Pocahontas was considered to have been “civilized” by the colonists. This strategy of civilizing and Christianizing the Powhatan in order to envelop them into colonial society became even more crucial by 1620. The settlers of Jamestown were starting to realize the economic potential of the tobacco they were farming, and they needed to expand. The safest and easiest way for them grow was to create more “praying Indians”—natives who converted to Christianity—and live side by side with them.
This put the Powhatan in an almost impossible position. They were being asked to commit “cultural suicide,” by casting all of their cultural traditions and beliefs aside in favor of joining the new European culture. Many natives did make this choice, but a great many others could not abandon their heritage so easily. This left with them with no other choice but to resist the new European culture, and resistance would mean violence.
In 1622, the Powhatan hatched a plan of attack they hoped would drive the colonists back to the sea, and expel them from North America once and for all. On the evening of March 21, 1622, the Powhatan arrived at the Jamestown settlement bearing gifts. They brought fruits, deer, turkey, and other foods to sell and share with the settlers. The next morning—March 22—as the settlers were beginning their work for the day, the Powhatan sprang into action.
They grabbed every tool or weapon they could find, and set to work slaughtering the English. Powhatan warriors bashed in English heads with hatchets, and shot any settlers who tried to flee. They went to the colonial plantations, killed the livestock, and burned the crops. The survivors, shocked at what was happening, retreated to the Jamestown fort for safety. When the dust settled, three hundred forty-seven English men, women, and children were dead. The death toll rose higher when winter came. The lack of livestock and crops caused many more settlers to die from starvation and illness.
From a Powhatan perspective, the raid was a success. However, they severely miscalculated what the English response would be. The Powhatan expected the English to acknowledge their defeat and sail back home. This assumption proved to be a grave error. The English stayed and licked their wounds at Jamestown, and with more ships from Europe arriving regularly, they regained their power and stability.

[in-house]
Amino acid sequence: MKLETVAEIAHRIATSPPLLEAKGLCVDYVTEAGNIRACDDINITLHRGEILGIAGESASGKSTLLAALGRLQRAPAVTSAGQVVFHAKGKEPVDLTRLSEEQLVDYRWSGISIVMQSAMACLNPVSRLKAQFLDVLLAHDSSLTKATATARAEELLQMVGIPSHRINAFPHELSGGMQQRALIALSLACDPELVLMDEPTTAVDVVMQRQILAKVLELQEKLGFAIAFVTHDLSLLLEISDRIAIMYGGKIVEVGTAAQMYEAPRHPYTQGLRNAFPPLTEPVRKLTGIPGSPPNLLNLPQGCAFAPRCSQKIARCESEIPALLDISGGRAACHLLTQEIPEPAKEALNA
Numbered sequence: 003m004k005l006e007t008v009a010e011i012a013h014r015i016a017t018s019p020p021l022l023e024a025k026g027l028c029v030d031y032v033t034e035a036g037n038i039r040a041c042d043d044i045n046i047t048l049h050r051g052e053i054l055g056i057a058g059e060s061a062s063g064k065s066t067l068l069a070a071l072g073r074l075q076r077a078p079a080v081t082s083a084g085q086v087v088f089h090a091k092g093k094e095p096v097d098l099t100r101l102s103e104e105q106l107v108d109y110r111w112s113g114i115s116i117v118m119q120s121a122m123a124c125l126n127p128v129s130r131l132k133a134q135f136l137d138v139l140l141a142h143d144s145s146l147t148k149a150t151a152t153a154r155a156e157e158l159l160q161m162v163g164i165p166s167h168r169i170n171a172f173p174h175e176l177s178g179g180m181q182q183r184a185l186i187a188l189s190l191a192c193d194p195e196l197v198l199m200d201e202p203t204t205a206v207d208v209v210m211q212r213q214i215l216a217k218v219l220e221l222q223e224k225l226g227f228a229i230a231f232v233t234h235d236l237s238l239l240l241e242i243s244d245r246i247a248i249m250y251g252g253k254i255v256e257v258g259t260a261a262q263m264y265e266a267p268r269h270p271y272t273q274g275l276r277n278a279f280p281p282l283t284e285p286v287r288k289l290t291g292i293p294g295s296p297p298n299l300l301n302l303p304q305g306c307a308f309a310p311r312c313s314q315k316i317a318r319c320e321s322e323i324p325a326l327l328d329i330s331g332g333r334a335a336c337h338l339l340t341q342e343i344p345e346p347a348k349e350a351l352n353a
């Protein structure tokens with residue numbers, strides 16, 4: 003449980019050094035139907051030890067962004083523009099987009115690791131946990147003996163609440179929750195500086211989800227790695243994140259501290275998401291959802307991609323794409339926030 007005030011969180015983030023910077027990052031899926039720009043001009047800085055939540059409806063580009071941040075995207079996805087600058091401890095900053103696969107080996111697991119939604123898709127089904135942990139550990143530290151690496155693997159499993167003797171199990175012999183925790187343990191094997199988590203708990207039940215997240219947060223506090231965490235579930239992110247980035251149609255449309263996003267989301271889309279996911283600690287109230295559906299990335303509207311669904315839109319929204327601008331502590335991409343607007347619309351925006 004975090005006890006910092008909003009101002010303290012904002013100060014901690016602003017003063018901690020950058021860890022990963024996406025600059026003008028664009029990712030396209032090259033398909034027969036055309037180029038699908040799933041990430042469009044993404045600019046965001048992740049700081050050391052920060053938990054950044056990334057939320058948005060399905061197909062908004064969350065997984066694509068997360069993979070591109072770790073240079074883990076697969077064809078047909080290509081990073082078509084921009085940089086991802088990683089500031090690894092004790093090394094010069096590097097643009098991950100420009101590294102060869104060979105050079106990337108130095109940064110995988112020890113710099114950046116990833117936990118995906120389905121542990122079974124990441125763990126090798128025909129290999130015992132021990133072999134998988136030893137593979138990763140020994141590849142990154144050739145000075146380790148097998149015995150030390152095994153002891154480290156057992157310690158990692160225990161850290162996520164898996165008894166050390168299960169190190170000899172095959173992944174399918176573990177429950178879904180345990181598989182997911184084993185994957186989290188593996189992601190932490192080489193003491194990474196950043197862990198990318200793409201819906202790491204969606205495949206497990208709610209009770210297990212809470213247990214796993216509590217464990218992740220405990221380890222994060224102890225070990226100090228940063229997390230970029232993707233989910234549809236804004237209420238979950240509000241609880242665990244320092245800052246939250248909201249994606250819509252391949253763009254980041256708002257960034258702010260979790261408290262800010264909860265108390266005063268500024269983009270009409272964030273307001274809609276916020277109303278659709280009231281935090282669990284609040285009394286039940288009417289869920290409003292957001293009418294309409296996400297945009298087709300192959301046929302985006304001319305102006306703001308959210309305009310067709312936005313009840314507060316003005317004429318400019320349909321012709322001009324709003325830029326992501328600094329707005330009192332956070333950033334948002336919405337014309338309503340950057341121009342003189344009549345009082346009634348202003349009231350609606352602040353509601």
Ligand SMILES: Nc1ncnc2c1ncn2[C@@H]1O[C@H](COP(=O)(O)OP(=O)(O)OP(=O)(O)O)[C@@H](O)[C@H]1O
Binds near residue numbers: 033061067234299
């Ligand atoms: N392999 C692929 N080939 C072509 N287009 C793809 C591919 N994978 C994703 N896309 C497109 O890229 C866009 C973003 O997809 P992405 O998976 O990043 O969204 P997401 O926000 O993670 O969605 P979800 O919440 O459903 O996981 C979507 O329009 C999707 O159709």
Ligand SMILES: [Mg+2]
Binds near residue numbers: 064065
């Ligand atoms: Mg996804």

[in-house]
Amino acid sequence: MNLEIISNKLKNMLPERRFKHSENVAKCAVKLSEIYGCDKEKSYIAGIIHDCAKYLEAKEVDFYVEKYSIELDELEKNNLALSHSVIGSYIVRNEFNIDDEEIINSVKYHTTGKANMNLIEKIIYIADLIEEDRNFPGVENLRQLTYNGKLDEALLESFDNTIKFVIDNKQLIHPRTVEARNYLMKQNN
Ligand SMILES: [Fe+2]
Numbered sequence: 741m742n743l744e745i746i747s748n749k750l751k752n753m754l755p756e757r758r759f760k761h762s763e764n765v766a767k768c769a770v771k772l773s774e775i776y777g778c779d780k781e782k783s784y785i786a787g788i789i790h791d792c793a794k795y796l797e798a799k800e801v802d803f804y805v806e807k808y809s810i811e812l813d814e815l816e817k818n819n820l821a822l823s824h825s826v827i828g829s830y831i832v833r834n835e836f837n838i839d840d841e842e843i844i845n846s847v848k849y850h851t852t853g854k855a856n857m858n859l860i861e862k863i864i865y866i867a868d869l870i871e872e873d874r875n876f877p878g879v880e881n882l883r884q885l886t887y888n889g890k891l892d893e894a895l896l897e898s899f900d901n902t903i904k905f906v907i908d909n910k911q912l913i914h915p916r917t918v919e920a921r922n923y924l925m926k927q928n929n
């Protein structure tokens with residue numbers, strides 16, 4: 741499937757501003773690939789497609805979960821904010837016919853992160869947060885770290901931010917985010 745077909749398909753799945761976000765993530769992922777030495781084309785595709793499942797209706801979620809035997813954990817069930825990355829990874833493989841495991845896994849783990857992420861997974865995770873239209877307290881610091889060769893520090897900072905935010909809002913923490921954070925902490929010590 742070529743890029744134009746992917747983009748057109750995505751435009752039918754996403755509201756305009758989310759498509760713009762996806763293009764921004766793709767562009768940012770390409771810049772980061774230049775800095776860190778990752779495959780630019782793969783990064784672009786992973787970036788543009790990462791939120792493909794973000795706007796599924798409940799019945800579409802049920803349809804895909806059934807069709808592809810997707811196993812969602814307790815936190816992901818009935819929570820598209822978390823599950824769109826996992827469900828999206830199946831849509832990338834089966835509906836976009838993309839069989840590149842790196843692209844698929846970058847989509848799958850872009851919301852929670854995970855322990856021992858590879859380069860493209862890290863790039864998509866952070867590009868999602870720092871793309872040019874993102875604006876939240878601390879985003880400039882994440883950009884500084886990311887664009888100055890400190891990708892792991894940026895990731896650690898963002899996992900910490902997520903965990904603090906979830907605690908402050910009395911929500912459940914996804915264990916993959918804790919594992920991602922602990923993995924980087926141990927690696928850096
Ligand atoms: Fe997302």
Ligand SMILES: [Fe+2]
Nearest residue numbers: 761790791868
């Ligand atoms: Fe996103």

Jamestown had survived, and now the settlers had ample justification to be hostile toward their native neighbors. The English exacted their revenge on the Powhatan for the next decade. They raided and burned Powhatan villages, massacred their people, destroyed their crops, and seized their land. The colonists had asserted themselves as the masters of the area, and Powhatan power and influence in their ancestral homeland steadily declined until it was all but lost.
The Indian Massacre of 1622, though initially a success for the Powhatan, proved to be disastrous in the long-term due to the violent retribution that they faced in the years following the massacre. It was the beginning of the end of any semblance of life as the Powhatan knew it.
However, it is important to remember the predicament that the Powhatan were in. They were ultimately forced to choose their cultures fate; a slow death by assimilation, or a quicker but much more brutal death by violently resisting the colonists. The Powhatan tried, and failed, to save themselves and their culture from conquest by the Europeans. What else could they have done?
King Philips War
Native American tribes in New England would find themselves in very similar predicaments as the Powhatan in Jamestown, and ultimately would meet a similar fate.
New England was home to the Algonquin peoples, a series of independent tribes united by their similar language—Algonquin. When the radically Christian Puritans arrived in Plymouth in 1620, they relied on trade with the local Wampanoag tribe for survival. These early years of peace have been memorialized, if not highly romanticized, by the first Thanksgiving feast shared between the settlers and the natives, likely in 1621.
Despite the early cooperation and success of the fur trade, the Puritans viewed the Wampanoag and the other Algonquin tribes as vermin, in large part because of religious differences. Natives who converted to Christianity and became “praying Indians” were accepted, albeit as second class citizens.
Through the course of the 17th Century, tensions between the English and Native Americans rose as more settlers arrived, more native land was being taken, and more pressure to assimilate was being put on the natives.